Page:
Results 1 to 12 of 12

Hybrid View

  1. #1
    Join Date
    Jun 2012
    Location
    Talbott tn
    Posts
    30

    Default What's going on with our hives?

    Okay so my husband and I whom are relatively new to beekeeping went out to the yard to do extensive inspections of our hives, we have found several queen cells on quite a few hives, and we have no idea why. We just got started this year isn't it too late for new queens? Our hives that we find the most in are strong laying, new to this year, queens. All of ours are up to two full supers, which consist of lots of brood, capped honey and some pollen and my husband says he thinks that at least 3 of them need a new super because of how many bees are in the hives. Is it to late to make small nucs? Help we don't want to loose the bees and we don't quite know what to do about that many queen cells. Any help would be appreciated.
    Regina in Tenneessee

  2. #2
    Join Date
    Jan 2011
    Location
    Brainerd, MN
    Posts
    533

    Default Re: What's going on with our hives?

    Sounds like they are replacing those queens. Maybe your locality is different but a swarm at this time of the year around here would probably mean death for both. From what I understand supersedure commonly occurs in the fall. If all of the colonies with queen cells have a laying queen a supersedure would be my guess.
    Not Michael Bush. My name is Dan. Sorry for the confusion.

  3. #3
    Join Date
    May 2012
    Location
    Sacramento, CA, USA
    Posts
    2,838

    Default Re: What's going on with our hives?

    When you say queen cells, do you mean they were fully developed and sealed?

  4. #4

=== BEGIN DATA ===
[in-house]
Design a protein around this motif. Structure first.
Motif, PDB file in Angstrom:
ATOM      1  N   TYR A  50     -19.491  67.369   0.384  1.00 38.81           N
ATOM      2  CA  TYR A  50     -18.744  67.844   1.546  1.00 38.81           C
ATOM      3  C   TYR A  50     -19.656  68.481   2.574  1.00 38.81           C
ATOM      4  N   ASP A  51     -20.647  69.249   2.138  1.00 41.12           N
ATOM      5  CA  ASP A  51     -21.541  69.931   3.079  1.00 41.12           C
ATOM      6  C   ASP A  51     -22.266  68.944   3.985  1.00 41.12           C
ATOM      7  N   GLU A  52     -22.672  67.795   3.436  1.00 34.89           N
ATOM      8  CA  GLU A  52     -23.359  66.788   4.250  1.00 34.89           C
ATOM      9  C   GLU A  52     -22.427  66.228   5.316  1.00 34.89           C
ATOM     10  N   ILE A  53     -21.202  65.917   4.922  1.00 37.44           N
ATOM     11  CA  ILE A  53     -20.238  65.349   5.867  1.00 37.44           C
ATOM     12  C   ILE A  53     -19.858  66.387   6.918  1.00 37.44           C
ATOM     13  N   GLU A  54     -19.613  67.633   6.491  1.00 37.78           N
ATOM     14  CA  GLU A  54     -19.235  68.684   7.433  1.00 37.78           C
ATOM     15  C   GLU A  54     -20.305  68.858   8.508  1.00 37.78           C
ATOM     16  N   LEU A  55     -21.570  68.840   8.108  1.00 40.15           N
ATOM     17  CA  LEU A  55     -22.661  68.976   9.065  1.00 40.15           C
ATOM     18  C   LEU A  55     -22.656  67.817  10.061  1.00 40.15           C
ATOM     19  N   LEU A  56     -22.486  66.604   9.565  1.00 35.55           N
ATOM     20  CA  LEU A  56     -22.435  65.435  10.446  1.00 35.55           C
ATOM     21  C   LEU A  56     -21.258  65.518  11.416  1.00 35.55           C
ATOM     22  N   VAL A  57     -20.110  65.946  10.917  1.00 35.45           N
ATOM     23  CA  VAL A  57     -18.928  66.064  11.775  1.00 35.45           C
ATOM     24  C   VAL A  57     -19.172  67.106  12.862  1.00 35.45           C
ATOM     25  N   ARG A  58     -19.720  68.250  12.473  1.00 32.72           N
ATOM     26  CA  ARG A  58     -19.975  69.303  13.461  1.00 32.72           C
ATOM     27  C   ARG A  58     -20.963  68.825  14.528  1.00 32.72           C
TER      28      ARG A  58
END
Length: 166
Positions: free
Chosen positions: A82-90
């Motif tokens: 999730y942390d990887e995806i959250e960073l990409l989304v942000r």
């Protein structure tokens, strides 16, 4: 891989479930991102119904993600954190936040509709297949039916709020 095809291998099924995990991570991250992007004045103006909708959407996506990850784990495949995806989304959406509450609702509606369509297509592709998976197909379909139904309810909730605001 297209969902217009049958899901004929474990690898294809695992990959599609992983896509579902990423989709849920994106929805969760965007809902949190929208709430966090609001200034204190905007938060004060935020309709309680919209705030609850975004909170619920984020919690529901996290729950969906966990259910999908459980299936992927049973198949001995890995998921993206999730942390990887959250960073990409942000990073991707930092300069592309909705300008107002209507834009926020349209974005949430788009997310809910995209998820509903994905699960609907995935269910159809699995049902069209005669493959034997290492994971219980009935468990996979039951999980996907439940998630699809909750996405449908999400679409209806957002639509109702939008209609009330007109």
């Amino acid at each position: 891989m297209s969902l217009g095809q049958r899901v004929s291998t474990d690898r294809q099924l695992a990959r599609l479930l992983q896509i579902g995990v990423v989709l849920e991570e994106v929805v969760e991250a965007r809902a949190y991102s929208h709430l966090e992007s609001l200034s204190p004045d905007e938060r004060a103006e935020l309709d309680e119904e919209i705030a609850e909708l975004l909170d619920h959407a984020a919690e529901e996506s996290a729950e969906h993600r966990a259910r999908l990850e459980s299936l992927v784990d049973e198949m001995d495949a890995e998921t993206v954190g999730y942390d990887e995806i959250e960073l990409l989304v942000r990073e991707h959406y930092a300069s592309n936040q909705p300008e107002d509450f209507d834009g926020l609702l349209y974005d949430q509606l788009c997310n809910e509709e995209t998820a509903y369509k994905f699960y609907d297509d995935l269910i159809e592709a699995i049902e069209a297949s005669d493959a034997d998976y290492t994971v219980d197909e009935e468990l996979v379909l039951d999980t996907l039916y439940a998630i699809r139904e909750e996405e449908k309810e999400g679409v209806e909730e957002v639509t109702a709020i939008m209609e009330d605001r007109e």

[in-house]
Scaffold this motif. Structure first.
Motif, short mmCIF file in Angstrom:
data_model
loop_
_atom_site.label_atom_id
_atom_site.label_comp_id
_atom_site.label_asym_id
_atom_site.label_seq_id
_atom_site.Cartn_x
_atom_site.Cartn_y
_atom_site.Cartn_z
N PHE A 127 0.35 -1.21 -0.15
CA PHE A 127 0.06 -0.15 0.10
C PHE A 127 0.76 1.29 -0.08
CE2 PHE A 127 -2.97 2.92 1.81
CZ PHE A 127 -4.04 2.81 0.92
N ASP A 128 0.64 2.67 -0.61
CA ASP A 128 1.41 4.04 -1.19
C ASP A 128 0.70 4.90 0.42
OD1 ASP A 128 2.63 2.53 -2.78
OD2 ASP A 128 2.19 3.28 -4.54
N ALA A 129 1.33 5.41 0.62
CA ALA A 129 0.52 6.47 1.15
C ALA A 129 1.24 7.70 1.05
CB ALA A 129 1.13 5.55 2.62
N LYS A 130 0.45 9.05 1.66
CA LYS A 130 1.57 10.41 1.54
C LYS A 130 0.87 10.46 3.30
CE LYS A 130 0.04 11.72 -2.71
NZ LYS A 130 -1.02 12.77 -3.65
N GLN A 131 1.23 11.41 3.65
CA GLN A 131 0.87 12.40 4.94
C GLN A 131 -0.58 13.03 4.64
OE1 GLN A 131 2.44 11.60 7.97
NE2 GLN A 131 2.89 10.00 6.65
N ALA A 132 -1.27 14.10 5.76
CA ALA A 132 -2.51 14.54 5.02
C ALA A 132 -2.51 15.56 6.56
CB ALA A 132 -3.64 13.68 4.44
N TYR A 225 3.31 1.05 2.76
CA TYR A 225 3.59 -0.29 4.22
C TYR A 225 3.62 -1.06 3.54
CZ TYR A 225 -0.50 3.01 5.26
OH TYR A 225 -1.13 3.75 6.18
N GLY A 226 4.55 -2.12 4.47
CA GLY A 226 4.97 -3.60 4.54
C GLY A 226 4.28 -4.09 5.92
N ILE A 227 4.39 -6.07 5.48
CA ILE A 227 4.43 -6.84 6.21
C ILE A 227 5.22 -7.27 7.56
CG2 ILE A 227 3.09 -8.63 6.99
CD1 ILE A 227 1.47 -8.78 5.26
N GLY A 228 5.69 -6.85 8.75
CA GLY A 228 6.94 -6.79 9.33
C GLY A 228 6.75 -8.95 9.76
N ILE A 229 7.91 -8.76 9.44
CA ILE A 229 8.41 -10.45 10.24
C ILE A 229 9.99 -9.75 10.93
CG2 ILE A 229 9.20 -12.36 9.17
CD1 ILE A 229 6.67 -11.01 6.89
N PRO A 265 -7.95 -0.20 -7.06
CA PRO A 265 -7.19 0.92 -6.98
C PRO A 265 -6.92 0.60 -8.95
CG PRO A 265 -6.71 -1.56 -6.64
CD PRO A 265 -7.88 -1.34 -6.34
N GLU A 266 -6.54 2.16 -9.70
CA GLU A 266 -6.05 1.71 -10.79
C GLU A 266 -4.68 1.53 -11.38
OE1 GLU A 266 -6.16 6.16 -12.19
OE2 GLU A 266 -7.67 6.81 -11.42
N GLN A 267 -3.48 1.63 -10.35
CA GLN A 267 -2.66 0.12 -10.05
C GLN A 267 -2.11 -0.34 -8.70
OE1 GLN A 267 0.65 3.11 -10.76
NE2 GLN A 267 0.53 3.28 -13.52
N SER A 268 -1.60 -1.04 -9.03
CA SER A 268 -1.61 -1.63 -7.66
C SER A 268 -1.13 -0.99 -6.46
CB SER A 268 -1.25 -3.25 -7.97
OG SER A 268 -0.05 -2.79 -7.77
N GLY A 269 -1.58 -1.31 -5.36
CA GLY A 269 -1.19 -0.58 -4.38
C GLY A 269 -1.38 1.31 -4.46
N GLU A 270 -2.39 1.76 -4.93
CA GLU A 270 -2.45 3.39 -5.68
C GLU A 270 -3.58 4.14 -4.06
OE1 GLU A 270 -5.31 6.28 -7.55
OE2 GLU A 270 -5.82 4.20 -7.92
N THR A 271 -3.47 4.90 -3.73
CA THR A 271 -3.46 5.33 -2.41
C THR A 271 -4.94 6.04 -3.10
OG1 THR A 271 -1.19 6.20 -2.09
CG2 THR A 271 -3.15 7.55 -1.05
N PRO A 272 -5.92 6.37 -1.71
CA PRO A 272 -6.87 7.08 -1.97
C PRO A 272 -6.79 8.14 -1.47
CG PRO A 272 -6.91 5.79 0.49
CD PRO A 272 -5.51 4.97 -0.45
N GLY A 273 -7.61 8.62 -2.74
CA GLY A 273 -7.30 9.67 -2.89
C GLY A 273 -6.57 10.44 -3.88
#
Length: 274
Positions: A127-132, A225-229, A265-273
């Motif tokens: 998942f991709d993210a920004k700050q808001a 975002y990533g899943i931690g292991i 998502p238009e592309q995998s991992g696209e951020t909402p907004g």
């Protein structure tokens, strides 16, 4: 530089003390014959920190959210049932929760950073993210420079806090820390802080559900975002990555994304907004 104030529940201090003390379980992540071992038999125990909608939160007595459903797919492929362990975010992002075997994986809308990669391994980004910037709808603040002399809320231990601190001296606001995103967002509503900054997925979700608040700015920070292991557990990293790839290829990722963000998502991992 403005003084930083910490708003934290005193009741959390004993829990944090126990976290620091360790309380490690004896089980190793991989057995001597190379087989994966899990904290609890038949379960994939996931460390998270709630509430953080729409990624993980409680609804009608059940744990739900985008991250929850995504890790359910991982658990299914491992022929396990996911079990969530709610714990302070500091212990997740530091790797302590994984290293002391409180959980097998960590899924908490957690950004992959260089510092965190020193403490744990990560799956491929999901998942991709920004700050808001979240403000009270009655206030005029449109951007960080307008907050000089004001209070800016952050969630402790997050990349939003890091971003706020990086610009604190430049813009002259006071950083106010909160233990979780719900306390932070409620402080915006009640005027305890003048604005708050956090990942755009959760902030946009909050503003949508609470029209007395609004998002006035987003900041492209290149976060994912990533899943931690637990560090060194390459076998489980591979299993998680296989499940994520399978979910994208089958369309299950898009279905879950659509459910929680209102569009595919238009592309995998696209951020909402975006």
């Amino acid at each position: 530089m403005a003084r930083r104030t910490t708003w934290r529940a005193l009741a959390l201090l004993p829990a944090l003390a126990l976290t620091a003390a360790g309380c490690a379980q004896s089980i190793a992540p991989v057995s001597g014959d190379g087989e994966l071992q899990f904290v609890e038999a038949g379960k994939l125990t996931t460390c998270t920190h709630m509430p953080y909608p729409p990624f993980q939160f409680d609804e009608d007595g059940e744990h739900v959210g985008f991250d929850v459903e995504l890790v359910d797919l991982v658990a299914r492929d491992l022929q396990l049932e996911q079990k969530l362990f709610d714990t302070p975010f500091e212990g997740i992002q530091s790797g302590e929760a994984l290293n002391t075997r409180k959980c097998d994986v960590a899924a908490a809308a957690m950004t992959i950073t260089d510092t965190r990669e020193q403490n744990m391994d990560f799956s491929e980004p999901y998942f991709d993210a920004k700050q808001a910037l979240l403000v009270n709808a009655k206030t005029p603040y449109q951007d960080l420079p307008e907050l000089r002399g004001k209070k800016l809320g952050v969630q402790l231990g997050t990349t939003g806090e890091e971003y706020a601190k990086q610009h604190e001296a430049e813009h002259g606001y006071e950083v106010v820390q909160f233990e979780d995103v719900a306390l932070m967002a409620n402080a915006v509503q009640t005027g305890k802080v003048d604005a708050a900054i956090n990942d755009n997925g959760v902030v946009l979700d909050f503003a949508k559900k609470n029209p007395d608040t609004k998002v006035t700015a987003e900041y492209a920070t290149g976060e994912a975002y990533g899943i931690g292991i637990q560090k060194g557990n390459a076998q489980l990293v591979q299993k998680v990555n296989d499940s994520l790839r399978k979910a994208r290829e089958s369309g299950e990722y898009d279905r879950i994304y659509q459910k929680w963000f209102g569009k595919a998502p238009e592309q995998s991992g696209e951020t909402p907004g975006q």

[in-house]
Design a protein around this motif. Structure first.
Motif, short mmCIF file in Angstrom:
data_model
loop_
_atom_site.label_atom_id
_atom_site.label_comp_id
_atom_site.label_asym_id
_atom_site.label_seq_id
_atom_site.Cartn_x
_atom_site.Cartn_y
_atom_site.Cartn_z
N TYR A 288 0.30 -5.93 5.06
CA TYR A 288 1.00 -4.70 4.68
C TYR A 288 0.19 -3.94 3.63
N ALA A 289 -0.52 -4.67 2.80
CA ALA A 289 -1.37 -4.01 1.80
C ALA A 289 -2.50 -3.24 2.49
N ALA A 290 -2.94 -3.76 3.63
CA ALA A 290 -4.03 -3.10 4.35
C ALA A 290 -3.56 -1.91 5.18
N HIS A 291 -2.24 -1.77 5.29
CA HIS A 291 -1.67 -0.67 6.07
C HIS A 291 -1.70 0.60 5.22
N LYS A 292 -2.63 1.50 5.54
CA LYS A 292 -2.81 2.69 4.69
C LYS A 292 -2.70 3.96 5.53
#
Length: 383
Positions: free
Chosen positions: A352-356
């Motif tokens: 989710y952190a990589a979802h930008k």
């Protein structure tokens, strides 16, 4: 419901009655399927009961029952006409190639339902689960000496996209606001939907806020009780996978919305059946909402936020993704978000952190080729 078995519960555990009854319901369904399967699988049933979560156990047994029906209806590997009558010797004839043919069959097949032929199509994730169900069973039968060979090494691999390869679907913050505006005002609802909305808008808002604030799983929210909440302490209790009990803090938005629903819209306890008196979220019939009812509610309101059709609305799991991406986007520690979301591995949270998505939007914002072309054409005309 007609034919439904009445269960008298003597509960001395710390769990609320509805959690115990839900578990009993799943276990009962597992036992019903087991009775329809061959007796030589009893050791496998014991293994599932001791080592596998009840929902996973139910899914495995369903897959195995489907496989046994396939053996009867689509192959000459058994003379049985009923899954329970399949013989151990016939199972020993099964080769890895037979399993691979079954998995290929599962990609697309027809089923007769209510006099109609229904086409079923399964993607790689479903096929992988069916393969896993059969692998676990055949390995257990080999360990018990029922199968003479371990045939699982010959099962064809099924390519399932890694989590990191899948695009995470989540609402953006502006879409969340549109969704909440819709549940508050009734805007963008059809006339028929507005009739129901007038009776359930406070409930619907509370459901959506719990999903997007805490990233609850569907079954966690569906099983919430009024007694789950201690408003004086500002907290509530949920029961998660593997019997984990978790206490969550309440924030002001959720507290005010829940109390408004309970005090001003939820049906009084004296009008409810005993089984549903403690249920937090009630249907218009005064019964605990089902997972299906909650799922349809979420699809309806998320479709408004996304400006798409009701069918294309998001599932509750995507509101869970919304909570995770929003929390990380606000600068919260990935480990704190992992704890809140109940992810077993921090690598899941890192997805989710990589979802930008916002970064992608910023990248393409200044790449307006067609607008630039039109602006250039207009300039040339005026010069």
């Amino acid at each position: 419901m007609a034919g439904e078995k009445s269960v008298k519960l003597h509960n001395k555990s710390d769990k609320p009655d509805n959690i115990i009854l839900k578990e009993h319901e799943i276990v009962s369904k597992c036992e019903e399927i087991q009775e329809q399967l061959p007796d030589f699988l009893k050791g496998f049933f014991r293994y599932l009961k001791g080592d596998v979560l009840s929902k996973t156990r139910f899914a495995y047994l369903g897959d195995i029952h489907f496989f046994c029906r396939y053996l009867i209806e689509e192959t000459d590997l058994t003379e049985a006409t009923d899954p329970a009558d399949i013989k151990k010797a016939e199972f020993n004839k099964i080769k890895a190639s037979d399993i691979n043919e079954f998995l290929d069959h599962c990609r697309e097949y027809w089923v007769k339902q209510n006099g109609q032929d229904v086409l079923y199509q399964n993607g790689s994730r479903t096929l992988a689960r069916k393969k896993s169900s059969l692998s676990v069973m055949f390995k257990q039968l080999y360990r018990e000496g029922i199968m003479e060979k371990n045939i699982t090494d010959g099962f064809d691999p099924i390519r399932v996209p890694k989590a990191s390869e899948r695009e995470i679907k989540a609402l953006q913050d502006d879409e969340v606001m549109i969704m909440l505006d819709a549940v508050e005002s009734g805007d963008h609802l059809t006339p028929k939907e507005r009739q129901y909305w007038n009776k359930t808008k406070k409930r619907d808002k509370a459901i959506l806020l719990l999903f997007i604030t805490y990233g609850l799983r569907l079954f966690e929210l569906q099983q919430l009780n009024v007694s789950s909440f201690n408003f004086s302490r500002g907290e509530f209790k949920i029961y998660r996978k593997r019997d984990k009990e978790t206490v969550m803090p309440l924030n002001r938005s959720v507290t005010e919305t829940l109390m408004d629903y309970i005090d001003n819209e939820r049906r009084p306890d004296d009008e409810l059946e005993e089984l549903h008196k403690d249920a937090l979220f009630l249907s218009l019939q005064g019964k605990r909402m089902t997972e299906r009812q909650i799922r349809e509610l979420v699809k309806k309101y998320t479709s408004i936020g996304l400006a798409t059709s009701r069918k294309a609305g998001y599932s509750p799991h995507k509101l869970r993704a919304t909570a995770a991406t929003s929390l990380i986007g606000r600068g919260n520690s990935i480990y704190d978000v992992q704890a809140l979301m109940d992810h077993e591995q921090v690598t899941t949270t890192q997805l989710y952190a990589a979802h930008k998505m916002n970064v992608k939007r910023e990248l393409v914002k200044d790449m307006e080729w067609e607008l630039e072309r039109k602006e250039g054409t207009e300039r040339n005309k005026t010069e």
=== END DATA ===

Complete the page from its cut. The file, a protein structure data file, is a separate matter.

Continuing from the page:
Default Re: What's going on with our hives?

    Quote Originally Posted by JRG13 View Post
    do you mean they were fully developed and sealed?
    This is a good question. Most of my hives have 'queen cups' throughout the year. It is as though they start a queen cell but never use it...then, eventually tear it down....then build more. I don't pay any attention to them as long as they haven't put anything in it.
    I am quite a bit south of you but I wouldn't add any supers this late. Around here our 'fall flow' is usually only enough to replace what was consumed during the summer...if that. It is never big enough to trigger wax production.
    Good luck
    Dan www.boogerhillbee.com
    Experience is a hard teacher because she gives the test first, the lesson afterwards

  5. #5
    Join Date
    May 2012
    Location
    Sacramento, CA, USA
    Posts
    2,838

    Default Re: What's going on with our hives?

    Same here Dan, have 3-4 in each hive at times, never any larva in them though.

  6. #6
    Join Date
    May 2012
    Location
    DFW area, TX, USA
    Posts
    1,058

    Default Re: What's going on with our hives?

    Call me crazy, but I've ordered two queens for delivery this Thursday (its not too late for queens)....I'm going to make a split. In doing so, I take a risk, but old timers in this area say its not too late here in zone 7 (you seem to be in zone 6b).

    Seek out local beekeepers with knowledge of your weather and they will provide their recommendations about timing for late splits. Don't do a walk away split this late.

    A picture of your queen cells might help us give better advice. If they are supercedure cells, that is one thing....If they are swarm cells, that is another. A hive that is superceding their queen should accept a new queen and be done. A colony with swarming urges will not be mollified with a new queen, they will continue to want to swarm.
    LeeB
    I try to learn from my mistakes, and from yours when you give me a heads up :)

Bookmarks

Posting Permissions

  • You may not post new threads
  • You may not post replies
  • You may not post attachments
  • You may not edit your posts
  •  
Ads